What is cancer? Why does the word cause such fear? Why have a day of recognition for it?


Cancer was named after the crab because the finger-like spreading projections from a cancer called to mind the shape of a crab. The Latin word for crab is cancer.

Galen (130-200 AD)used the term oncos (Greek for swelling) to describe tumors. Oncos is the root word for oncology.

During World War II, those soldiers exposed to mustard gas developed toxic bone marrow suppression. Chemical nitrogen mustard was found to work against a cancer of the lymph nodes called lymphoma. This laid foundation for several new drugs that could be used against cancers.

The later part of the 20th century also saw the development of targeted therapies like Herceptin.


Cancer is viewed as an enemy and the fear is that there is no cure. Physicians use the term remission to describe when there is no evidence of disease for 5 years.

In March of this year, I will celebrate my 5th year and be considered to be in remission. I was first diagnosed with ovarian cancer in 2008. It has recurred twice. I’ve had chemotherapy and radiation treatments in addition to two surgeries.

As each of us cancer warriors completes our final round of chemotherapy, we ring a bell. The staff stands around applauding our victory.

Let the bells ring around the world today for all the cancer survivors. 16.9 million cancer survivors are alive in the US today out of a population of 332,915,073. Heart disease was the leading cause of death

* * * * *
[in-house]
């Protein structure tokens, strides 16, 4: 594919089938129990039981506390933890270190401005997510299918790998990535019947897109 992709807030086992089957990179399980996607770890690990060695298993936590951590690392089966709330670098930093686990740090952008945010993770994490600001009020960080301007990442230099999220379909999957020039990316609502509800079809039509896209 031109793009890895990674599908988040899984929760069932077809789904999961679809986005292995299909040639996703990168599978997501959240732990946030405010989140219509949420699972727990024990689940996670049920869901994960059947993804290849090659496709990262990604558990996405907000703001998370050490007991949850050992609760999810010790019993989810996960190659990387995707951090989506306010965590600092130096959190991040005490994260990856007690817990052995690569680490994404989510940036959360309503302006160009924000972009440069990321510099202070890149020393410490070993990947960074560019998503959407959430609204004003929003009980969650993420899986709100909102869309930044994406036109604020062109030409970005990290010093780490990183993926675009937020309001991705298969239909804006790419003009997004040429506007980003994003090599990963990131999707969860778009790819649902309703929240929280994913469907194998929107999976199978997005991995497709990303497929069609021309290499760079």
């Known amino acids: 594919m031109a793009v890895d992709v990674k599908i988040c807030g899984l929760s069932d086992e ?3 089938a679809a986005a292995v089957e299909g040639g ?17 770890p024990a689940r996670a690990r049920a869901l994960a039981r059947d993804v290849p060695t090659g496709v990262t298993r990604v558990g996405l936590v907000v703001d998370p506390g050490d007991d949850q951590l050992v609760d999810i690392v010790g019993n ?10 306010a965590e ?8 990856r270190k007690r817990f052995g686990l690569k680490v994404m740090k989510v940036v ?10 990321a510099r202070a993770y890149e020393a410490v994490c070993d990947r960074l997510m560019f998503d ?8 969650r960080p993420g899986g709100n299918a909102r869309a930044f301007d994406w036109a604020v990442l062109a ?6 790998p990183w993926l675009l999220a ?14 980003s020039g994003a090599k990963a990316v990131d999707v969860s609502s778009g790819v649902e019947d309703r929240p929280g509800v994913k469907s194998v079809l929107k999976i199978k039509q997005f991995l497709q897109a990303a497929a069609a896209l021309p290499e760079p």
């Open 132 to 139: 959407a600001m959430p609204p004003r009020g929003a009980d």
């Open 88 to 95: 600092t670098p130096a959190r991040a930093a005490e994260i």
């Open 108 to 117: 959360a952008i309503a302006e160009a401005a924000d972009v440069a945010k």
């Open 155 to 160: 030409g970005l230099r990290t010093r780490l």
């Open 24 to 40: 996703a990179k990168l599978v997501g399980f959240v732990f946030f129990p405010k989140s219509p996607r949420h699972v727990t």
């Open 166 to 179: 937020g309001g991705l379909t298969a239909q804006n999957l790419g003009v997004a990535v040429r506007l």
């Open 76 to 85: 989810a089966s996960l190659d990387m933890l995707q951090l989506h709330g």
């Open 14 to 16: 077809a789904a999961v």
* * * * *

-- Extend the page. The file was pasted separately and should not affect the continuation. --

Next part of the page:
Some inspiring words of wisdom :

“Difficult roads can lead to beautiful destinations.”
— Kia Wynn, oral cancer survivor

“There’s always hope beyond what you see.”
— Cora Connor, kidney cancer caregiver

“It’s possible not just to survive, but to thrive and to live a healthy, wonderful life again.”
 Erika Evans, leukemia survivor

“Life is 10% what happens to us and 90% how we react to it.”
— Leslie Medley-Russell, ovarian cancer survivor

In celebrating World Cancer Day, receive a signed copy of my book Outshine: An Ovarian Cancer Memoir for just $5.00. Send me a message with your information to (All proceeds go to gynecologic cancer research)

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If you were to create a quilt with each patch representing your life, what would it look like? Would you have the patches represent the lows as well as the highs of your life? Would it show mistakes or failures? What colors would you choose? Would you include lessons you learned, role models who influenced you, or life-changing events?

My life quilt’s background is of many colors. My patches include a central patch with a heart representing my wonderful husband. I have a square of just black, which represents the child abuse. It is small now though it was quite large earlier in life. There are squares for my 3 sons, 8 grandchildren, and 1 for my great grandson. I danced (not always smoothly or easily) through the storm of cancer. Earning my master’s degree was an important goal that impacted my career. Aunt Arleigh has always been an inspiration and there for me. The four stars represent steps in my growing faith and spiritual path from childhood to now.

Writing this blog stimulated my imagination and many memories. Have you begun to design the quilt of your life? I encourage you to do so because it will put your life in perspective, give you a symbolic way to look at it, and for others to perhaps learn something new about you. Just know you can always add or take off a patch. No matter what, the quilt is YOU; that special gift from God.